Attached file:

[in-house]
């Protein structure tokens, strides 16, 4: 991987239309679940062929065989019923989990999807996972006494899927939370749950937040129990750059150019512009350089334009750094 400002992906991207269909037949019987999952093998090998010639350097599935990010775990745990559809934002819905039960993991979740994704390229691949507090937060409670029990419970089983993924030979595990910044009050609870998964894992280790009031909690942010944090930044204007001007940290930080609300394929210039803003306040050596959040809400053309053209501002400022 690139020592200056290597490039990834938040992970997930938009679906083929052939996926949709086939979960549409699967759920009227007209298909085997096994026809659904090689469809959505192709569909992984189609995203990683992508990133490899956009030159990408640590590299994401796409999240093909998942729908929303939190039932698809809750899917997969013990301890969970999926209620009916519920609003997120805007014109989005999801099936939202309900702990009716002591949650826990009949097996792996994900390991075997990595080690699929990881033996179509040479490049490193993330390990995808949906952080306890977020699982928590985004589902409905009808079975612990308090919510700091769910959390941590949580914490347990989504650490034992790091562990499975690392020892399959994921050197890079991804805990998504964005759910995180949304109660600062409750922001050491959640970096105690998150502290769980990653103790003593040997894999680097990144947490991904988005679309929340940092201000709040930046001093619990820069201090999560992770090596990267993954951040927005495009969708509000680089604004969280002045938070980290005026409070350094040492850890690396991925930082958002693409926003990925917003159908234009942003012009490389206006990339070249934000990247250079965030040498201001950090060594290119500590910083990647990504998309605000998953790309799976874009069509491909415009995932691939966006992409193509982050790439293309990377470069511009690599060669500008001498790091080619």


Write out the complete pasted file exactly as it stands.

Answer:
[in-house]
């Protein structure tokens, strides 16, 4: 991987239309679940062929065989019923989990999807996972006494899927939370749950937040129990750059150019512009350089334009750094 400002992906991207269909037949019987999952093998090998010639350097599935990010775990745990559809934002819905039960993991979740994704390229691949507090937060409670029990419970089983993924030979595990910044009050609870998964894992280790009031909690942010944090930044204007001007940290930080609300394929210039803003306040050596959040809400053309053209501002400022 690139020592200056290597490039990834938040992970997930938009679906083929052939996926949709086939979960549409699967759920009227007209298909085997096994026809659904090689469809959505192709569909992984189609995203990683992508990133490899956009030159990408640590590299994401796409999240093909998942729908929303939190039932698809809750899917997969013990301890969970999926209620009916519920609003997120805007014109989005999801099936939202309900702990009716002591949650826990009949097996792996994900390991075997990595080690699929990881033996179509040479490049490193993330390990995808949906952080306890977020699982928590985004589902409905009808079975612990308090919510700091769910959390941590949580914490347990989504650490034992790091562990499975690392020892399959994921050197890079991804805990998504964005759910995180949304109660600062409750922001050491959640970096105690998150502290769980990653103790003593040997894999680097990144947490991904988005679309929340940092201000709040930046001093619990820069201090999560992770090596990267993954951040927005495009969708509000680089604004969280002045938070980290005026409070350094040492850890690396991925930082958002693409926003990925917003159908234009942003012009490389206006990339070249934000990247250079965030040498201001950090060594290119500590910083990647990504998309605000998953790309799976874009069509491909415009995932691939966006992409193509982050790439293309990377470069511009690599060669500008001498790091080619």